In Penang’s Georgetown, Lighthouse Thrift House shines a beam of hope

(Above) The Lighthouse – “A Place of Hope” is a Community Service Centre run by the Penang Office For Human Development, the social arm of the Roman Catholic Diocese of Penang | Photo courtesy:

Joaquim Magalhães de Castro

Whenever Christianity is talked about in Malaysia and Malacca, the  members of the thriving Portuguese-descendant community resident there, known locally as kristangs, come to the fore. However, the truth is that, all over the west coast of the Malay peninsula there are pockets of Catholics, the most relevant being that of Georgetown, on the Island of Penang, self-styled as Eurasian because, in addition to the Portuguese component, it also cultivates its Dutch, English, French and other origins.

Back in Penang, decades after my first visit, I look, as always, for signs of Luso-Asian interaction. And there is no better place for that than cemeteries. In the Protestant cemetery, which is open to all, with well-maintained grass, one of the plaques immortalizes the memory of one such “Fennella Loureiro, who died at the age of 30 in 1875”. Bordered by half walls, the Catholic cemetery is closed to visitors. Someone I met there suggests I look for the key on the other side of the long, mossy wall.

The land adjacent to the Church of São Pedro is where the Lighthouse Thrift House operates. It is a Christian organization that supports the most needy with the help of volunteers and donations, and also derives funds from its own bakery. At the entrance, I come across a tall man with a brimmed hat, clear Caucasian features and an initially suspicious face that gradually opens up. James Noronha, born and raised in Penang and with family members in Kuala Lumpur and Australia, has no doubts as to where his surname came from. After “some investigation”, he came to the conclusion that he was descended from a certain captain of a ship during the height of maritime discoveries; or perhaps even a viceroy of Estado da India (Portuguese India). A noble family then? “Of course,” says James, “you were lucky enough to come across a Eurasian of Portuguese origin.” Nothing is remembered of the Portuguese language that once flourished in that region, and now, at 72 years of age, he works as an official doorman at the institution that presents itself as a “place of hope”, not only for the economically disadvantaged, but also for the many drug-addicted rickshaw drivers.

The Lighthouse – “A Place of Hope” was opened on 19th March, 2003, to reach out to the urban poor, the underprivileged, the homeless and the marginalized in society. (Photo: Joaquim Magalhães de Castro)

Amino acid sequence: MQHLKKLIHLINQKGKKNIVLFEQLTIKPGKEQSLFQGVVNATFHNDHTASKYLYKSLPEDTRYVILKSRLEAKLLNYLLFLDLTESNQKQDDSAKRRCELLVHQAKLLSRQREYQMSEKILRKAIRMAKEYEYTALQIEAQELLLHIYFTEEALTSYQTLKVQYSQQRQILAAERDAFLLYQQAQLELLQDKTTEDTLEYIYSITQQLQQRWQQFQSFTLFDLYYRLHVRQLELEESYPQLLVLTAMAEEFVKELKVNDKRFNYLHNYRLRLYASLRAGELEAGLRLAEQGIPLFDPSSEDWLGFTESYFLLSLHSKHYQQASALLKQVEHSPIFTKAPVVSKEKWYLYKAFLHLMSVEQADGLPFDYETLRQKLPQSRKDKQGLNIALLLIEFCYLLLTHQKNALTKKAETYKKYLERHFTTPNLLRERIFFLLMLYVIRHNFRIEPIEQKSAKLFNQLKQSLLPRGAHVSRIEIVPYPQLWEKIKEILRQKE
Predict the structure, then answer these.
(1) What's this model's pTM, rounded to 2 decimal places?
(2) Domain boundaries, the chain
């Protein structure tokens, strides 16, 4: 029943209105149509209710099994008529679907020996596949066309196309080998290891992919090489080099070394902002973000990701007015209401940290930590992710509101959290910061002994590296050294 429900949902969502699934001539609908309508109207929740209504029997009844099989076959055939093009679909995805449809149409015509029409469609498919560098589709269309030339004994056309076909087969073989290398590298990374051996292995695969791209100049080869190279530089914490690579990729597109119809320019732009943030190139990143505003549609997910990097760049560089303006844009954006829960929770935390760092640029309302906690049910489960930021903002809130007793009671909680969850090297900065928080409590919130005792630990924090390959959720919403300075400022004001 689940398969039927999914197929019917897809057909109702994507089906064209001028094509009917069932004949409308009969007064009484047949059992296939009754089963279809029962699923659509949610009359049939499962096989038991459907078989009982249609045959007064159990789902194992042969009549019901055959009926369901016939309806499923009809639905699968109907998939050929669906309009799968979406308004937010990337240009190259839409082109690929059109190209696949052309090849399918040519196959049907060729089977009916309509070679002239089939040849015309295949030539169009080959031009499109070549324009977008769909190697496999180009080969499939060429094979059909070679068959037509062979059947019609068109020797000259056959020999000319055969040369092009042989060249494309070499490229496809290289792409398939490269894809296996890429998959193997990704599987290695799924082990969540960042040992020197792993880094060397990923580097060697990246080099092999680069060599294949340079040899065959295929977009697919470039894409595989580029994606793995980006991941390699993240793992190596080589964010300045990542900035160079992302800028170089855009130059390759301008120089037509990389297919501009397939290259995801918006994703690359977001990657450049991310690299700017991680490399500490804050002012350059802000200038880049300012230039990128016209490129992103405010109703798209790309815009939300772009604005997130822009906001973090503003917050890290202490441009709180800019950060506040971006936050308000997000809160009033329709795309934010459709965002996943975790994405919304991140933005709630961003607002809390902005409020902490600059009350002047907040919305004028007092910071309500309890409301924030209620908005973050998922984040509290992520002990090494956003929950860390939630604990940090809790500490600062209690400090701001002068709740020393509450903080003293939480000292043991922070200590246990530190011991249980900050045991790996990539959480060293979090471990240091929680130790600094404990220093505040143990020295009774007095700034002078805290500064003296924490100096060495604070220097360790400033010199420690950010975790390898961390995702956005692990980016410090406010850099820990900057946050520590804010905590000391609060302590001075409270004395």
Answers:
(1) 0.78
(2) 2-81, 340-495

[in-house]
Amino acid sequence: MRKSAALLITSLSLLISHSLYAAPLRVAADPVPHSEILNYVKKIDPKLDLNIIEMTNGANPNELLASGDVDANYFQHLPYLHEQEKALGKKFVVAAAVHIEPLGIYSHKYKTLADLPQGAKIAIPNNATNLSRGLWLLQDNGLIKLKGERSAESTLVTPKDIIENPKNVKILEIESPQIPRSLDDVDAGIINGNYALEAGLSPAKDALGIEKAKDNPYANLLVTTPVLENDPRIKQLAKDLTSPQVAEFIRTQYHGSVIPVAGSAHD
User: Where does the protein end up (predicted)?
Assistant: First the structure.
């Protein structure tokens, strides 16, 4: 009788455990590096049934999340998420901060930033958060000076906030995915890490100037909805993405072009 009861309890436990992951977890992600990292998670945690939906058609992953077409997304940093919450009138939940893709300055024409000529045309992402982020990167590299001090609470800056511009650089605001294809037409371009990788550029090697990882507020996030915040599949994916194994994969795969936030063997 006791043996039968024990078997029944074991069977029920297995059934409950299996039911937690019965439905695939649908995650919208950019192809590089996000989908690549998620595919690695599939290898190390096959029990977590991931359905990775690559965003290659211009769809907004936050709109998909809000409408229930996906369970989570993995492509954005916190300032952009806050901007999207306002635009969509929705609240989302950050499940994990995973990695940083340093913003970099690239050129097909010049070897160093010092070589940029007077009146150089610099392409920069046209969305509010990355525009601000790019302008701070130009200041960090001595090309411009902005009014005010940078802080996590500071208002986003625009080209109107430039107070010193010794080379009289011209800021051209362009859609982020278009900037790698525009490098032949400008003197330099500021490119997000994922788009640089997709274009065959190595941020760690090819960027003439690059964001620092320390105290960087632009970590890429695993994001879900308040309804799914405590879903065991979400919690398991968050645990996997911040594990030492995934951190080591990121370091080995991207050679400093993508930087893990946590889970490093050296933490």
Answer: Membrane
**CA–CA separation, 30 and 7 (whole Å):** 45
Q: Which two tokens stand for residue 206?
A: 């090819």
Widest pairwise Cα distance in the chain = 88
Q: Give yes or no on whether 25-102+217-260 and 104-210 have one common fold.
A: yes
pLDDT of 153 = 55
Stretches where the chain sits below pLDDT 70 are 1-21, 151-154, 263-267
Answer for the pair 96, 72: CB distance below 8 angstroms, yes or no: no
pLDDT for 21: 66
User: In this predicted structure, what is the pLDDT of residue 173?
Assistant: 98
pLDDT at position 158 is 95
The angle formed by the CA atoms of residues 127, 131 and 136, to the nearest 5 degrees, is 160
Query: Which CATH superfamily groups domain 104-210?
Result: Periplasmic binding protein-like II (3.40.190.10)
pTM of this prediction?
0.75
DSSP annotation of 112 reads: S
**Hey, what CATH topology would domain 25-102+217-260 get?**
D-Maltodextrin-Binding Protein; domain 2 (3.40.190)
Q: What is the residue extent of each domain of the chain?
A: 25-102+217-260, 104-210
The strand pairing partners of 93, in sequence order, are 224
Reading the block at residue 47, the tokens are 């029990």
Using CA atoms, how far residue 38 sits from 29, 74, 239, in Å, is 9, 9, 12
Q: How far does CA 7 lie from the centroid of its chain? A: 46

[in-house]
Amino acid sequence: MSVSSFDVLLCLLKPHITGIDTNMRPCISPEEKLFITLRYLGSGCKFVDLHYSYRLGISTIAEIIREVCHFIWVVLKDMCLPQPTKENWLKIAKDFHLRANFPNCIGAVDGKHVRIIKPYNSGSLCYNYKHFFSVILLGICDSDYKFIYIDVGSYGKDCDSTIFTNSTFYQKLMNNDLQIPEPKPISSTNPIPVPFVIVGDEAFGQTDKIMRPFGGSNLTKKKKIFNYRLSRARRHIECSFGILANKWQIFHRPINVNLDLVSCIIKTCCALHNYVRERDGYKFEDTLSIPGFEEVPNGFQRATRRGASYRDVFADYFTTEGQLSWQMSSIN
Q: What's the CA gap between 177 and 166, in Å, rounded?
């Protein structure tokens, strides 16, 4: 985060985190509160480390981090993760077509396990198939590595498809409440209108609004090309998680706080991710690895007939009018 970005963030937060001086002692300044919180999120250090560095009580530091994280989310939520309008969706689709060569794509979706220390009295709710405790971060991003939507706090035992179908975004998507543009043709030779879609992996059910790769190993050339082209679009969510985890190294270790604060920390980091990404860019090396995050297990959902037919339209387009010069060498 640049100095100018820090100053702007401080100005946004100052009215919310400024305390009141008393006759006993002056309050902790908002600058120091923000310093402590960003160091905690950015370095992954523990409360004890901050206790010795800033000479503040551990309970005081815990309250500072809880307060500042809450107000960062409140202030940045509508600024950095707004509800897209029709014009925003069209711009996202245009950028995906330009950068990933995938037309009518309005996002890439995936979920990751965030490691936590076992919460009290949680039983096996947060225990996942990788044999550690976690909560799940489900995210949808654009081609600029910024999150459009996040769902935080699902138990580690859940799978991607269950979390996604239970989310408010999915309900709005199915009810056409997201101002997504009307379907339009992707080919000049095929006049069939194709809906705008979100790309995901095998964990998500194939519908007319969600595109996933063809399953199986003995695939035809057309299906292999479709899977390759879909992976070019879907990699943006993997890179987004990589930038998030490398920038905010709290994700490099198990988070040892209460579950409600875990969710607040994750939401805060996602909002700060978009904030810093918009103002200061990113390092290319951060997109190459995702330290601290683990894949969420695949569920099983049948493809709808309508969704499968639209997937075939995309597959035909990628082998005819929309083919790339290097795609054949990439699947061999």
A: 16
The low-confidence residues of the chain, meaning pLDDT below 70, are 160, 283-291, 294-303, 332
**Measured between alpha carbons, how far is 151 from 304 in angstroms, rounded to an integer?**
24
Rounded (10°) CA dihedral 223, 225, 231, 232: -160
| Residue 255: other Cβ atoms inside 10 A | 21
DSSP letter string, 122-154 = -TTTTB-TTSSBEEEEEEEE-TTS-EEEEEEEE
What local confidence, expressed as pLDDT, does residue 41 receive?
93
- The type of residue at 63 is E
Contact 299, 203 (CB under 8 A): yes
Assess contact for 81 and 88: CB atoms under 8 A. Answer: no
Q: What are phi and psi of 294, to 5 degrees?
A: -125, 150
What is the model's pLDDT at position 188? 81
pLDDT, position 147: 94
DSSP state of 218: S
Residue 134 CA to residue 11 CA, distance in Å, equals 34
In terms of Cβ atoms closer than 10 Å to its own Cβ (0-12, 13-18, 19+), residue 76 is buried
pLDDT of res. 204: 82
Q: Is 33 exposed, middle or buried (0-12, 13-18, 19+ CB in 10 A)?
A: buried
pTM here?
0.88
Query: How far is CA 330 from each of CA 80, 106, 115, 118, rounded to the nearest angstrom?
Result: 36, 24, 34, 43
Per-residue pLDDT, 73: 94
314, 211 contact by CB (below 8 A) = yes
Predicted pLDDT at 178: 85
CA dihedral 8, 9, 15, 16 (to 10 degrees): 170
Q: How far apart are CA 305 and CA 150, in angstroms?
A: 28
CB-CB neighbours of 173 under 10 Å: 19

A septuagenarian who looks like he is in his fifties (not a single wrinkle on his face!), James is one of the only Portuguese descendants left. The older ones died and the younger ones emigrated, leaving only a few families, very few. His family members living in Australia are dedicated to business, as are most Asians. “Only with honest work you can’t make enough money,” comments my interlocutor. But immediately afterwards, philosophically fatalistic, he concludes: “But if we don’t work, we die.”

James Noronha hates to travel, and even Malacca seems far away to him, let alone Australia where he has his sisters and where his recently deceased wife lived for a few years. “I live in stone and lime in Penang, and here I enjoy life,” he asserts. This aversion is certainly not unrelated to the fear of flying, despite the fact that in his youth he worked as a civil servant at the British Australia Air Base.

Our conversation is interrupted by the arrival of two ladies of Chinese ethnicity, devout members of the Lighthouse Thrift House group, who bring food products to distribute to the most vulnerable. James helps them find a place to park their car. “There is a kind of canteen here and the help provided by parishioners is essential,” comments one of them. “We have a very firm foundation, and we are always ready to take care of the homeless, orphans, addicts, in short, of all of humanity that most consider lost.”

 Meanwhile, we pass by the Church of San Francisco de Xavier, dedicated to the local Catholics who speak Tamil, with a beautiful and stately building right next door where an orphanage and a home for the elderly are located. At the secretariat, Noronha says, “You are lucky because the lady who is working here knows me well.” I get the key that gives me access to the cemetery, which is, after all, the main reason for my visit.

On the walls and ceiling of that room are obvious signs of the predominance of the Chinese ethnicity among the local Catholic community. The false panchões and the red lanterns on the ceiling, placed at the time of the Lunar New Year still remain despite the fact that summer is already well advanced.

As for the sacred space itself (as the cemeteries here are called), tombstones, mostly engraved in English, perpetuate the names of “Helena Louisa D’Reys, who died on August 24, 1888, only one month and eighteen days old”; and “Paschal de Silva, who left this life on May 5, 1805”. Other names that appear are Marcillina Simoens, Anastasia Catherina de Souza, W.W.W de Oliveiro, Michael D Souza, Perte Patrick Pereira and Peter Benson Pereira. In a more remote corner, in a pinkish marble, I come across the following inscription, almost erased: “Grasinha Gracia, born in Bengal, died Thursday, at 11 o’clock in the evening of October 5, 1825, at the age of 70.”